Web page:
Scottish Government Advice and Board Information

Healthcare Improvement Scotland

Please refer to the information in the tabs below.  If you cannot find the guidance or advice you are looking for please contact HR using the contact us tab.

National Services Scotland

Please refer to the information in the tabs below.  If you cannot find the guidance or advice you are looking for please contact HR using the contact us tab.

NHS 24

Looking after your own health and wellbeing is crucial in the fight against COVID-19. We are all under increased pressure, and its important that we are all able to talk openly and honestly about our wellbeing, including our mental wellbeing. There is a lot of information being circulated at the moment, all offering different advice and support. This in itself, can feel overwhelming. To make it easier for you, we have brought some of this content together on the NHS 24's Intranet.

 

Additionally, please view:

Advice for Line Manager's

Testing for NHS 24 Employees

NHS Education for Scotland

Coronavirus: HR advice for managers and staff

As a result of the unprecedented global spread of coronavirus (COVID-19) NES developed resources, available via the links below to give guidance to managers and employees who are faced with a rapidly changing situation.

There is now an intranet area for Coronavirus HR information for managers and staff on employment and other HR issues. 

Please find further guidance following the closure of schools here: COVID-19: Closure of Schools Guidance

We will add further resources and update our guidance as the situation develops.

NHS Golden Jubilee

NHS inform

NHS inform provides the latest national guidance about coronavirus (COVID-19) from NHSScotland and the Scottish Government, including social distancing and stay at home advice.  It can be found at https://www.nhsinform.scot/illnesses-and-conditions/infections-and-poisoning/coronavirus-covid-19.

NHS Golden Jubilee Intranet

STAFFnet holds a lot of useful information for staff and management relating to COVID-19.  As STAFFnet is an Intranet site it is only available from NHS Golden Jubilee PCs, laptops and mobile devices.  COVID-19 information can be found at http://jubileestaffnet/index.php/departments/infection-control/covid-19.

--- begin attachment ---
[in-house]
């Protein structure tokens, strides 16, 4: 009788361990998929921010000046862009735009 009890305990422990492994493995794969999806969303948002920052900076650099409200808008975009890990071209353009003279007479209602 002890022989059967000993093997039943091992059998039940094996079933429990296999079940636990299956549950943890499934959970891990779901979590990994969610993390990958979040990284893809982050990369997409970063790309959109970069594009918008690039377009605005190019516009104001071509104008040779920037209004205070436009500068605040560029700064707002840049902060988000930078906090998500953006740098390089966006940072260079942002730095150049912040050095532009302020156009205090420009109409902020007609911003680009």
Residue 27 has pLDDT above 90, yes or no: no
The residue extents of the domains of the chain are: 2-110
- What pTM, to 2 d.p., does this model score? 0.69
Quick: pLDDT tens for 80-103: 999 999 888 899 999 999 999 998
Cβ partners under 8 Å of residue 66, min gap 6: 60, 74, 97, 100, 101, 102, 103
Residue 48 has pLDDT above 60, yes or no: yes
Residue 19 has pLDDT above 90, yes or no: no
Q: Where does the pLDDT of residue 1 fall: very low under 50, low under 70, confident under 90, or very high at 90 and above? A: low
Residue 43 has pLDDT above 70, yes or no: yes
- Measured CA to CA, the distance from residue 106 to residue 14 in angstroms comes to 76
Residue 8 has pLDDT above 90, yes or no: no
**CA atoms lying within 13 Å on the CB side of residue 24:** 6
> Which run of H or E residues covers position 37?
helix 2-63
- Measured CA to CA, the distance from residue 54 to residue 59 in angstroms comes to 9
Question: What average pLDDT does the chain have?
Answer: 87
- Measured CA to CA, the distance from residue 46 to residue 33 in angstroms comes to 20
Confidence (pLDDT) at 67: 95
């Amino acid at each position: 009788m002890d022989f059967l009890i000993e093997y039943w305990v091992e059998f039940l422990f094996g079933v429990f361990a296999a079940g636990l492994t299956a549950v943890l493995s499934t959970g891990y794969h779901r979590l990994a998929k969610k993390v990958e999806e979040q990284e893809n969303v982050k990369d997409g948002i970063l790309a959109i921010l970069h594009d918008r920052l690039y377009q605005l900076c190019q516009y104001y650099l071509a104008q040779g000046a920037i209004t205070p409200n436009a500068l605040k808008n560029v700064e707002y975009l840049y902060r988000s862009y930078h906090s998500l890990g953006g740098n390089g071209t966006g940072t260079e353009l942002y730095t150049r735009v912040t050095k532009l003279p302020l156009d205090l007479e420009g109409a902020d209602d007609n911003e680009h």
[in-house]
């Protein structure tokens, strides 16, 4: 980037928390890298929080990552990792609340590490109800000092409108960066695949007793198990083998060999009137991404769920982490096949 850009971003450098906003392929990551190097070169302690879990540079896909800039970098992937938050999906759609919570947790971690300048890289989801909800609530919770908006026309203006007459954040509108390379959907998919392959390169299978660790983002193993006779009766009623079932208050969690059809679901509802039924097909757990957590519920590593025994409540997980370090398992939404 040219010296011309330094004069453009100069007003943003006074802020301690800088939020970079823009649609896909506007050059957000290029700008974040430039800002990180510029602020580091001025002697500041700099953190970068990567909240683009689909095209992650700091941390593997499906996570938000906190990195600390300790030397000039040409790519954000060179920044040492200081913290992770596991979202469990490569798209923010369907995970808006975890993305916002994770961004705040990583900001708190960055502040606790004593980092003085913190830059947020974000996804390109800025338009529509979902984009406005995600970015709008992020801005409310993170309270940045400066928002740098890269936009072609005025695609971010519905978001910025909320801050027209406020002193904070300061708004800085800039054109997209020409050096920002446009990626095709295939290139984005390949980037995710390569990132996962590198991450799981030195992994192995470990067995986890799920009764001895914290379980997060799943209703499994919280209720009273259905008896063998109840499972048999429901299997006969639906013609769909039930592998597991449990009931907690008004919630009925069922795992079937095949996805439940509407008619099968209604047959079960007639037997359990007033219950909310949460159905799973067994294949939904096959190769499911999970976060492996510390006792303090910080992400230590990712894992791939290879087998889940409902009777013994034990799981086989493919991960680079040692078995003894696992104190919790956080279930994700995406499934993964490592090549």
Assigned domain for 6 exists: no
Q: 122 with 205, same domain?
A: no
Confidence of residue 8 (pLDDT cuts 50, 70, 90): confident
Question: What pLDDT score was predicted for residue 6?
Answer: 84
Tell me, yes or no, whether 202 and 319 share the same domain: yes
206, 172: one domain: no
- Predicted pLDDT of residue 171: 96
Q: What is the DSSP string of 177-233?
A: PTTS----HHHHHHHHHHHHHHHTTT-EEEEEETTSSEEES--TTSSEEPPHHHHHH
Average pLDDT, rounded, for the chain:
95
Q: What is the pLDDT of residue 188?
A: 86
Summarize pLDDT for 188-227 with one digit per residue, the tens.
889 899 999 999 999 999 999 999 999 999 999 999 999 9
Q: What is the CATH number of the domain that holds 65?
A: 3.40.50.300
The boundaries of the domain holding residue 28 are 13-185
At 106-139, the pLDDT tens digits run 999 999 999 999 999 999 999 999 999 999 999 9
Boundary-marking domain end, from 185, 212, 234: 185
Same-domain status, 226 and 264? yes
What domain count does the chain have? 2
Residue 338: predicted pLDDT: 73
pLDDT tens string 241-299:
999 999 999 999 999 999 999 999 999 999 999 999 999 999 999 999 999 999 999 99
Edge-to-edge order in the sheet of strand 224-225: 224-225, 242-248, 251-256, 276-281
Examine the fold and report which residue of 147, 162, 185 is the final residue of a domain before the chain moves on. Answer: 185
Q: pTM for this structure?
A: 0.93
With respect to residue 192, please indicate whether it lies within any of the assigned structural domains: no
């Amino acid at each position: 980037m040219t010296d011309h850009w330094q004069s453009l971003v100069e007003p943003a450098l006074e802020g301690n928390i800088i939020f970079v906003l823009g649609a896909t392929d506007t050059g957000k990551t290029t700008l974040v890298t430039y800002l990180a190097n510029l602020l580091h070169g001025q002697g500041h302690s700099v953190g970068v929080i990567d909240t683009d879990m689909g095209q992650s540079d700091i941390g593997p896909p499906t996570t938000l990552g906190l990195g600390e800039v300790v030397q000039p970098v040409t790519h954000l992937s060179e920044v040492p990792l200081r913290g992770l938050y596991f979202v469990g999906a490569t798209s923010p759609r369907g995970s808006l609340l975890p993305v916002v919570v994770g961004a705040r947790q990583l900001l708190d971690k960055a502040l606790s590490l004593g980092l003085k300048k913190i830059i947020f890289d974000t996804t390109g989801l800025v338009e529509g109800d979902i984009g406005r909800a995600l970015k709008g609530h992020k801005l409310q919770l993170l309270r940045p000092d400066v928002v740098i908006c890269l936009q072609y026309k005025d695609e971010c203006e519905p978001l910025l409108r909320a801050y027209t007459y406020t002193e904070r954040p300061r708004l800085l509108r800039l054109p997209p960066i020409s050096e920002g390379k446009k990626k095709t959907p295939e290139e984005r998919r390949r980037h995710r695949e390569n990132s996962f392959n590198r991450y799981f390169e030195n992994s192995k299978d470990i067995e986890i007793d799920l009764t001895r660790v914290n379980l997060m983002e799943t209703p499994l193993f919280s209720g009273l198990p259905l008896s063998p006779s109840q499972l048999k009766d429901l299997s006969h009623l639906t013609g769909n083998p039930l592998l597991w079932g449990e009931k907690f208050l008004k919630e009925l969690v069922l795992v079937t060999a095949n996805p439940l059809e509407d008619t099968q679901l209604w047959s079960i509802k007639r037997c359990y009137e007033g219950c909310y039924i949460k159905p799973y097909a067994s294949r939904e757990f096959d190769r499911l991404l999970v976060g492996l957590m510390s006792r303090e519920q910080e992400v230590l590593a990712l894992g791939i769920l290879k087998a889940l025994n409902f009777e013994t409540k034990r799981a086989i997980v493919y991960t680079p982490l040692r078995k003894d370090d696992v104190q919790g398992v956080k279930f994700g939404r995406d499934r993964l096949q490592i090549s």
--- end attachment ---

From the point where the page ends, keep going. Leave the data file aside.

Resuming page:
As a result of the unprecedented spread of COVID-19 we have developed resources to support staff and managers during this time.  We will add further resources and update our guidance as the situation develops.

Public Health Scotland

Please refer to the information in the tabs below.  If you cannot find the guidance or advice you are looking for please contact HR using the contact us tab.

Scottish Ambulance Service

Please refer to the information in the tabs below.  If you cannot find the guidance or advice you are looking for please contact HR using the contact us tab.

The State Hospital

The situation with coronavirus (Covid-19) is escalating and changing on a daily basis. We must all take measures not only to protect ourselves but also to ensure that we protect the most vulnerable in society including our patients.

You may be anxious or concerned, but there is much we can do to reduce the risk to ourselves and others. Hand washing, be this soap and water or gel, is the best measure for prevention and managing the risk of infection.

Please be assured that ware doing everything we possibly can to minimise the impact of Covid-19 here, and to keep everyone informed.  A staff bulletin will be issued promptly after the 10am Silver Command Meeting each day.  Information requiring to be shared as a result of the meeting, will be issued in a supplementary bulletin before 3pm each day where possible.  In addition, each one of the Bronze leads have been instructed to communicate with their teams verbally immediately following every Silver Command meeting.  This will ensure that on a daily basis staff will be kept well informed of developments.  Urgent ‘all user’ emails will be issued as and when required.

Thanks goes to all staff for their hard work and dedication at this particularly difficult time.

    • Coronavirus - Foreign Travel during Covid-19 Pandemic FAQNational Services Scotland

      These FAQs should be read alongside DL 2020 (20) - QUARANTINE (SELF-ISOLATION) FOR NHS SCOTLAND STAFF RETURNING TO THE UK

      1) Can I go on a foreign holiday this year?

      The Foreign and Commonwealth Office currently advises British nationals against all but essential international travel and the most up to date information in relation to this can be found on:www.gov.scot/coronavirus-covid-19.

      The Scottish Government Letter – DL 2020 (20) https://www.sehd.scot.nhs.uk/dl/DL(2020)20.pdf advises that all staff will have to quarantine (self-isolate) if returning to Scotland from a territory where the regulations in force at the relevant time require that a 14 days self-isolation period apply.

      Travel to some countries and territories is currently exempted in relation to any requirement for you to self-isolate on your return to Scotland. With effect from 10th July 2020, you may not have to self-isolate in Scotland when arriving from one of the countries covered by the ‘travel corridor’ exemptions.  Details can be found here: https://www.gov.scot/publications/coronavirus-covid-19-public-health-checks-at-borders/pages/overview/